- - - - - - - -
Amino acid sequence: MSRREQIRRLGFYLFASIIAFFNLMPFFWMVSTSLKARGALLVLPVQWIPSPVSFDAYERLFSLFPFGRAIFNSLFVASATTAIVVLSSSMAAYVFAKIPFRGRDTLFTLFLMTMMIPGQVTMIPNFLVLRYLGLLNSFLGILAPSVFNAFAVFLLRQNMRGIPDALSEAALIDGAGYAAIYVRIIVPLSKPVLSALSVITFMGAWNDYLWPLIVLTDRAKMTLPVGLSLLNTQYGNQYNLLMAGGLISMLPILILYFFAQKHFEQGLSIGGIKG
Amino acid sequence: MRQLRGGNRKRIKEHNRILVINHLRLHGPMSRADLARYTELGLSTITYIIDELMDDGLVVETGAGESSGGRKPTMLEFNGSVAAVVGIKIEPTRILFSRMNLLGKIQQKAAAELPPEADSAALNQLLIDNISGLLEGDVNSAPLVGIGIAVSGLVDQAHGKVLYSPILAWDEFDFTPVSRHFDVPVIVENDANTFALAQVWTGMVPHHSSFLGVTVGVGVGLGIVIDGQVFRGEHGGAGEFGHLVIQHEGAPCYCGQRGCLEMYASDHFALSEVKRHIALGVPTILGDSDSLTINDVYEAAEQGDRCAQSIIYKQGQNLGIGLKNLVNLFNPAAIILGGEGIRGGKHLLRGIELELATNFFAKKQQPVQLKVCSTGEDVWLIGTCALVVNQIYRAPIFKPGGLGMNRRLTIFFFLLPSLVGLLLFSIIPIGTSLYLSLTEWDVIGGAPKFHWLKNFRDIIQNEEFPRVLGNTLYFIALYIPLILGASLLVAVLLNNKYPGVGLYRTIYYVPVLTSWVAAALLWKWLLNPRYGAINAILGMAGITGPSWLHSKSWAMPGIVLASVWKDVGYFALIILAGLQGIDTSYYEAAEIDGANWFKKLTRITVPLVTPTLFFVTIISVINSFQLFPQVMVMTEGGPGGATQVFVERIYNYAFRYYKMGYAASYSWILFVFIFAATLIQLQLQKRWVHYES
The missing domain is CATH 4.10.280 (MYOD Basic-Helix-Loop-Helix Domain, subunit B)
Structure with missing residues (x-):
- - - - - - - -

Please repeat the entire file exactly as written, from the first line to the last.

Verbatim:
Amino acid sequence: MSRREQIRRLGFYLFASIIAFFNLMPFFWMVSTSLKARGALLVLPVQWIPSPVSFDAYERLFSLFPFGRAIFNSLFVASATTAIVVLSSSMAAYVFAKIPFRGRDTLFTLFLMTMMIPGQVTMIPNFLVLRYLGLLNSFLGILAPSVFNAFAVFLLRQNMRGIPDALSEAALIDGAGYAAIYVRIIVPLSKPVLSALSVITFMGAWNDYLWPLIVLTDRAKMTLPVGLSLLNTQYGNQYNLLMAGGLISMLPILILYFFAQKHFEQGLSIGGIKG
Amino acid sequence: MRQLRGGNRKRIKEHNRILVINHLRLHGPMSRADLARYTELGLSTITYIIDELMDDGLVVETGAGESSGGRKPTMLEFNGSVAAVVGIKIEPTRILFSRMNLLGKIQQKAAAELPPEADSAALNQLLIDNISGLLEGDVNSAPLVGIGIAVSGLVDQAHGKVLYSPILAWDEFDFTPVSRHFDVPVIVENDANTFALAQVWTGMVPHHSSFLGVTVGVGVGLGIVIDGQVFRGEHGGAGEFGHLVIQHEGAPCYCGQRGCLEMYASDHFALSEVKRHIALGVPTILGDSDSLTINDVYEAAEQGDRCAQSIIYKQGQNLGIGLKNLVNLFNPAAIILGGEGIRGGKHLLRGIELELATNFFAKKQQPVQLKVCSTGEDVWLIGTCALVVNQIYRAPIFKPGGLGMNRRLTIFFFLLPSLVGLLLFSIIPIGTSLYLSLTEWDVIGGAPKFHWLKNFRDIIQNEEFPRVLGNTLYFIALYIPLILGASLLVAVLLNNKYPGVGLYRTIYYVPVLTSWVAAALLWKWLLNPRYGAINAILGMAGITGPSWLHSKSWAMPGIVLASVWKDVGYFALIILAGLQGIDTSYYEAAEIDGANWFKKLTRITVPLVTPTLFFVTIISVINSFQLFPQVMVMTEGGPGGATQVFVERIYNYAFRYYKMGYAASYSWILFVFIFAATLIQLQLQKRWVHYES
The missing domain is CATH 4.10.280 (MYOD Basic-Helix-Loop-Helix Domain, subunit B)
Structure with missing residues (x-):